My heart sank when I saw this accident. I had a premonition earlier in the race that a really bad accident could happen if someone touched in that kink then speared someone turning left before the hairpin right. This so nearly happened, a lucky escape again for F1. I saw the tracks in the grass from another off (other series?) and it made me think how bad it could be.... then in an almost identical fashion to my premonition it happened. I'm not superstitious or anything like that but I almost knew it was going to happen  :eek: Massa's impact was awful but it could have easily been so much worse. That neither car became airborne during this wheel to wheel contact was a miracle. This could have been a double or triple fatality without much imagination needed.  :|

 

For what it's worth I believe Perez was to blame. He should have made sure he was as far right as possible. It's such a dangerous point on the track to risk any kind of hard racing of which he has done a lot in his F1 career so far. Yes, Massa was pushing the limits too but he easily left enough room for Perez and can't be expected to give him the full track when approaching a left hand corner, his only prerogative was to leave him enough room and he did that.

 

It's a really dangerous part of the Montreal circuit and as I much as I don't want the circuit to be changed in layout I think there are a couple of things they can do (I was thinking about it before the crash!).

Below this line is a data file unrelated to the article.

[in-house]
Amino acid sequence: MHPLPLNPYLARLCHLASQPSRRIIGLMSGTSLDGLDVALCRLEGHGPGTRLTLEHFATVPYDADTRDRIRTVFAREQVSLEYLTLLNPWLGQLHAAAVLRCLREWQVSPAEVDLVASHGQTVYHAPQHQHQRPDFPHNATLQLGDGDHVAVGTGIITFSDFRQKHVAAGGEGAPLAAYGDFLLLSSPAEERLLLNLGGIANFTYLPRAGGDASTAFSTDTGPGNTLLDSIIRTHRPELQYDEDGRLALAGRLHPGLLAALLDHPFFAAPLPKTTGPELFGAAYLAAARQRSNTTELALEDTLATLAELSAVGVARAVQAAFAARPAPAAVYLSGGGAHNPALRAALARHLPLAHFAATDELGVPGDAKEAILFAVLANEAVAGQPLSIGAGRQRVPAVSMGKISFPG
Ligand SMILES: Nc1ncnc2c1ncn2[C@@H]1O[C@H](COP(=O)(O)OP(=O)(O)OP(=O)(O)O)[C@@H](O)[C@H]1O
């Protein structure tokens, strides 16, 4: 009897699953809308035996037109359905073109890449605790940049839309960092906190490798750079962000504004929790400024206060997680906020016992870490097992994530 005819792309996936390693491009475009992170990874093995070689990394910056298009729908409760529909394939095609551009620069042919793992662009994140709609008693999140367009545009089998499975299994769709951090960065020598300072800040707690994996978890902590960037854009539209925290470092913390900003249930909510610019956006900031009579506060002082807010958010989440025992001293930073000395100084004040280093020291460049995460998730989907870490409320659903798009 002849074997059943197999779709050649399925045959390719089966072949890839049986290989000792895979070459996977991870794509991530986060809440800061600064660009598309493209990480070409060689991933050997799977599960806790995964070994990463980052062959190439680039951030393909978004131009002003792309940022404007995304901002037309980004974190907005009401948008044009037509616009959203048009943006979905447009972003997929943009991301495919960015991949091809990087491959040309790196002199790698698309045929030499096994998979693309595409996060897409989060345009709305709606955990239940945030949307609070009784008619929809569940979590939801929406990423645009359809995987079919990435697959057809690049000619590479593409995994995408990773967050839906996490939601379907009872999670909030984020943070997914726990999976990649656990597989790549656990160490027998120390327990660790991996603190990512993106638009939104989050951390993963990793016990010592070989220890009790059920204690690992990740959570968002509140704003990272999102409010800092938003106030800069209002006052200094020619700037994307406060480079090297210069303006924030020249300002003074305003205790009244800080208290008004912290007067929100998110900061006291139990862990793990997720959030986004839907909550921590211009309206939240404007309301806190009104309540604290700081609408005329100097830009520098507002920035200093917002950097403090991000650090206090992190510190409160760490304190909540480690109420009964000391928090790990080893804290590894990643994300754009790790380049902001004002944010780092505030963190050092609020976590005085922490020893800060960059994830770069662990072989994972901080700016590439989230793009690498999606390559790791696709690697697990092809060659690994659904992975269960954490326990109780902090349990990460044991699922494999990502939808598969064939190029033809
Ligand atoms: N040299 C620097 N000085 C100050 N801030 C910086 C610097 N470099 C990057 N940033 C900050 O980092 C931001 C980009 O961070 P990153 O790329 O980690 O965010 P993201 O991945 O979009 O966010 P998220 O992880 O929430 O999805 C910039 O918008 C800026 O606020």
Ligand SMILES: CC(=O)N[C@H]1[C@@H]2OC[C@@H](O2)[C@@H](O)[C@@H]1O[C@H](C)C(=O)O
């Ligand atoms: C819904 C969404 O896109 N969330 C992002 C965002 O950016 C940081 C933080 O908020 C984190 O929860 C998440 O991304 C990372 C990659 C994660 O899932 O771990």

- Straighten the right kink at the end of the pit straight as much as possible even if it means moving the right hand perimeter wall back. This will make it easier to stay right.

- Extend the pit wall with Armco right down to the entry of T1 (the 90deg left) to prevent cars that would otherwise have left the track, gone over the patch of grass and ended up T boning someone at high speed. It's better to crash into the back of a car than the side.



#361 Tenmantaylor

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Posted 11 June 2014 - 09:18

I've fashioned a graphic that illustrates my thinking that Perez is definitely to blame. 

 

vwQasOm.jpg

 

The green line is the ideal racing line as proven by Vettel. I don't believe for once second Perez is following his normal line here, it's completely sub optimal to enter the left hander from near the middle of the track. He is a liar, he was taking a defensive line to try block a car that was very clearly and obviously lining up for a move into the left hander.

 

He moves left by about half a car width in the split second before the impact. Changing your line entering a braking zone when someone is attempting an overtake is probably the most guaranteed way to cause an accident. He needs a bigger smack around the head in my opinion to go with his penalty. Vettel is taking the line, Perez is way off it and moving across further! Idiota! <pinches thumb and forefinger and waves it in his face>.


Edited by Tenmantaylor, 11 June 2014 - 09:20.


#362 skyfolker

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Posted 11 June 2014 - 09:50

Did they change the poll question by any chance?